10. The Supreme Court, in a case Bala subramanya Rajaram v. V. B. C. Patil [1958-I L.L.J. 773], in regard to the word 'remuneration' in para 2 of that judgment stated 'remuneration' is only a more formal version of 'payment' and payment is a recompense for service rendered.' Now, if one looks to the meaning of the word 'remuneration' which is given in Webster's Dictionary, Second Edition, the meaning is given as under :
'Remuneration - 1. A remuneration; the act of paying an equivalent for services, loss, or sacrifices.
2. The equivalent given for services, loss, or sufferings; that which remunerates; regard; pay; recompense, compensation.'
Now, therefore, if these tests are applied it can be stated that the first test is not satisfied. The payment made in regard to the paid holiday is payable in cash to the employee. It is paid in terms of the contract of employment express or implied because the employers have agreed with the representatives of the unions to make this payment. But, the first condition that it must be 'a remuneration' is not satisfied because it is not for the services rendered because on a paid holiday no services are rendered. The learned advocate, Miss Shah, submitted that S. 73A of the Act is in Chapter V-A and it is a self contained Chapter and, therefore, the definition given in S. 2(22) of the Act should not be considered for the purpose of S. 73A. This cannot be done for the simple reason that Chapter V-A cannot be read in isolation. This Chapter makes the provisions in regard to the contributions for which formerly the provisions were in Chapter IV. Therefore, at the time of reading Chapter V-A one has to bear in mind that Chapter V-A will supersede every thing if it is in conflict with Chapter IV, but would not mean that the definition part which is not occurring in Chapter IV is given a go-by. Thereafter, it was submitted that in that Explanation to S. 73A the phrase used in 'total wage bill' which is given the meaning 'total wages'. Therefore, the word 'wages' is qualified by the word 'total' and, therefore, every other type of wages is required to be included as the word 'total' is used. It may be stated that the word 'total' could not be read in such a way as to include anything in the word 'wages' which is not a wage. In this view of the matter we are not satisfied that the definition in S. 2(22) is required to be overlooked for the purpose of construing the provisions contained in 73A of the Act.
11. Our attention was drawn to para 2 of the judgment in Balasubramanya Rajaram v. B. C. Patil, [1958-I L.L.J. 773], where it was held that 'bonus' was 'remuneration'. It was urged that just as bonus is held as remuneration payment made in respect of a paid holiday must be considered as remuneration. It may be stated that in this ruling the definition of 'wages' given under the Payment of Wages Act was being considered. That apart, bonus is calculated on the wages paid for the period for which the employee has worked. It is a sum total of the wages on which certain percentage is considered as bonus. Payment made towards a paid holiday is not percentage on the wages given to an employee for the period in a week for which he has worked. It has no relation whatsoever with the wages which the employee had earned during a particular week. Different employees may have worked for different number of days in a week and the payment for a paid holiday is not percentage on that total wages but the payment is required to be made in regard to a paid holiday because of a contract and, therefore, any payment made towards a paid holiday cannot be considered as analogous to bonus and, therefore, 'it cannot' be considered as 'wages' within the meaning of S. 2(22) of the Act.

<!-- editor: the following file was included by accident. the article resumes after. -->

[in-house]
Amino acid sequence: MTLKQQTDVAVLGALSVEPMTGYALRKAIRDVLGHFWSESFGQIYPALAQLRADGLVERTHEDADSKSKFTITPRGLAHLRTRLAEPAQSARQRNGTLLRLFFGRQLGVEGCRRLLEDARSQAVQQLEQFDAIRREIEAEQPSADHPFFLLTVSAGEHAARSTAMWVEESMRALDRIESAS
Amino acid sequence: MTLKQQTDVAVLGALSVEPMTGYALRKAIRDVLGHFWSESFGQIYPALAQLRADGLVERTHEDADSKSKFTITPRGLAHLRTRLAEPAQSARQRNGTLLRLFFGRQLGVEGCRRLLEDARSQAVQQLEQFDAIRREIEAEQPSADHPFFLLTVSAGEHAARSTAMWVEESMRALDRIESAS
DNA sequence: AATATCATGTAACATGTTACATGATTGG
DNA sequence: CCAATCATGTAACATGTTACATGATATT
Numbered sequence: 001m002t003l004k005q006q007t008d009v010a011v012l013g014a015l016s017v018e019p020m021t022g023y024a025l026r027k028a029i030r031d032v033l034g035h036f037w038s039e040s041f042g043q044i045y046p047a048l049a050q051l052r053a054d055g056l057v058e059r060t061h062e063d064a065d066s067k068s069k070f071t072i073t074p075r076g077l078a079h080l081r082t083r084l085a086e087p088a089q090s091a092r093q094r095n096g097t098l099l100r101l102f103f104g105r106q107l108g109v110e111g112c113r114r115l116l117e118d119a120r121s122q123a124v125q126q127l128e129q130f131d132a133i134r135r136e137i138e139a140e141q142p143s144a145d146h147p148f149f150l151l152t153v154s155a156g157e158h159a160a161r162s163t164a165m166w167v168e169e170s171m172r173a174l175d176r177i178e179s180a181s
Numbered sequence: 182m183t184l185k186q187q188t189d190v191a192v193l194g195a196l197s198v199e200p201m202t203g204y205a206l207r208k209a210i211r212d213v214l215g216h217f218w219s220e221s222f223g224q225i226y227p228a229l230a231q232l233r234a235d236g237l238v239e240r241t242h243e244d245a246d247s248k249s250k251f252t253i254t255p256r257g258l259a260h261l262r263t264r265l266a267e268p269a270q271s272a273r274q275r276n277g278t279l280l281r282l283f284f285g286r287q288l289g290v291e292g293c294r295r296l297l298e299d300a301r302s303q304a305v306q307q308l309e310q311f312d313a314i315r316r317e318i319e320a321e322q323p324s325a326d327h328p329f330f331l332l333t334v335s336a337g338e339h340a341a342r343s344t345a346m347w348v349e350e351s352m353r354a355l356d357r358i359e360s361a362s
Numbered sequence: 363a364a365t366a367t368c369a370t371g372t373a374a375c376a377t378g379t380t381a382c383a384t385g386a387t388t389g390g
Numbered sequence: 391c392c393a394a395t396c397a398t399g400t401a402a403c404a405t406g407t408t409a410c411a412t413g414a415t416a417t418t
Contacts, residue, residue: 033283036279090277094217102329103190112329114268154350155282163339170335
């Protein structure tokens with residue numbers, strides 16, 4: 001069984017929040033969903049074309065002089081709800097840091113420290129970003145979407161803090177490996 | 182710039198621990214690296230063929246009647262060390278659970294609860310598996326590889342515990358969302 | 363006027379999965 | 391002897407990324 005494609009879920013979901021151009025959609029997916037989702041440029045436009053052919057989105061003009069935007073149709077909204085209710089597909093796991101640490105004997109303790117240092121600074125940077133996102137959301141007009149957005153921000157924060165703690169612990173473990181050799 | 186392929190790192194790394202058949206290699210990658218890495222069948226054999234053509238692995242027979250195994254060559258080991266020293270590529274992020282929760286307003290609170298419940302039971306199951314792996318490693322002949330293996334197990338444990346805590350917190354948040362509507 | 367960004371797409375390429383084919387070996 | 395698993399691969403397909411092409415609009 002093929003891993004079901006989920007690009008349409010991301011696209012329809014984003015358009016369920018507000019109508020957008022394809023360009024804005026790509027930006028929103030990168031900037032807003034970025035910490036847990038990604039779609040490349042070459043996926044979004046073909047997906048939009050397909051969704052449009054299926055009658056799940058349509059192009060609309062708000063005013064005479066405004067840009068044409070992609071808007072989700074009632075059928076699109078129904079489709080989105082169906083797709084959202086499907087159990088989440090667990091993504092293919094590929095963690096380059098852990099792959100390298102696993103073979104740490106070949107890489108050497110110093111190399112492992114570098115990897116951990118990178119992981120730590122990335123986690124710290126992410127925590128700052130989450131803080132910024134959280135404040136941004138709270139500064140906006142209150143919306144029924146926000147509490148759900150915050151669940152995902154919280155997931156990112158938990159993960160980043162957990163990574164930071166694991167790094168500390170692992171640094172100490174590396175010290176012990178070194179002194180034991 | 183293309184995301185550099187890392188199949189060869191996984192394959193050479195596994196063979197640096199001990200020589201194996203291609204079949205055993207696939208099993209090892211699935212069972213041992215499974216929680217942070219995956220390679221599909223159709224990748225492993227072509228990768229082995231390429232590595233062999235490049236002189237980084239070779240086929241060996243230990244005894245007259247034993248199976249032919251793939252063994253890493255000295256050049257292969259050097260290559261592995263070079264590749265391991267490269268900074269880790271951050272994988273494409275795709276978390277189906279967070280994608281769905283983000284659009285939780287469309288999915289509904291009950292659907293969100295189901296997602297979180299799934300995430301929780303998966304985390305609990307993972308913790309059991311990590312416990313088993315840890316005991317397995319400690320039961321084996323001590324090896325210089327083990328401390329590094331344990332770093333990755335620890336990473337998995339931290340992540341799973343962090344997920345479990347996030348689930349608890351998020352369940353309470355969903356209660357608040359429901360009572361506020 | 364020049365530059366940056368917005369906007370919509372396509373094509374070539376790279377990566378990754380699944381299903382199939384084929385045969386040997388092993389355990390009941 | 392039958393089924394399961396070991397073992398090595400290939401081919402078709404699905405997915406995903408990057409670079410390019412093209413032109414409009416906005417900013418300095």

12. A reference also may be made to a case, Braithwaite and Co. (India) Ltd. v. Employees' State Insurance Corporation, [1968 - I L.L.J. 550]. It was a case where Inam Scheme was introduced. The company decided to make the payment of Inam which was outside the original terms of contract of employment of the employees of the company. In those terms, there was no offer of any reward or prize to be paid for any work done by the employees. The employees were expected to work for certain periods at agreed rates of wages. The only offer under the Scheme was to make incentive payments if certain specified conditions were fulfilled by the employees. The company, however, reversed the right to withdraw the right to withdraw the scheme altogether without assigning any reason or to revise its conditions at its sole discretion. The payment of the Inam was dependent upon the employees exceeding the target of output appropriately applicable to them. It was held that the payment of Inam, though remuneration could not be said to have become a term of the contract of employment within the meaning of the definition of 'wages' as given in S. 2(22). 'Inam', therefore, in that case though could have been considered as remuneration it was found that it was outside the terms of the contract.
13. Having anxiously considered the matter it is required to be stated that the conditions specified in the case of Nutan Mills v. Employees' State Insurance Corporation, [1956 I L.L.J. 215, referred to above are required to be fulfilled for the purpose of the definition of the word 'wages'. The ruling of the Bombay High Court of the year 1956 referred to above is precedent which this Court is bound to follow. In para. 7 of that judgment it is judgment it is clearly held that remuneration must mean that it is payment for services rendered or to be rendered by the employee. On a paid holiday the employee cannot render any services, employer as well cannot take any services from the employee on a paid holiday. Paid holiday is a holiday which could not be substituted for another holiday and under the terms of the contract the parties agree that on the day no services would be rendered and no services would be taken and yet payment would be made. That payment in view of the ruling reported in Nutan Mill v. Employees' State Insurance Corporation cannot be considered 'remuneration' because it is a payment not for services rendered or to be rendered by the employee. In his view of the matter the payment towards paid holiday cannot be considered 'wages' within the meaning of S. 2(22) of the Act and, therefore, one cannot force the employers to make contribution towards those payments under S. 73A of the Act. In this view of the matter the appeals are required to be dismissed.
14. In the result the appeals fail and are dismissed with no order as to costs.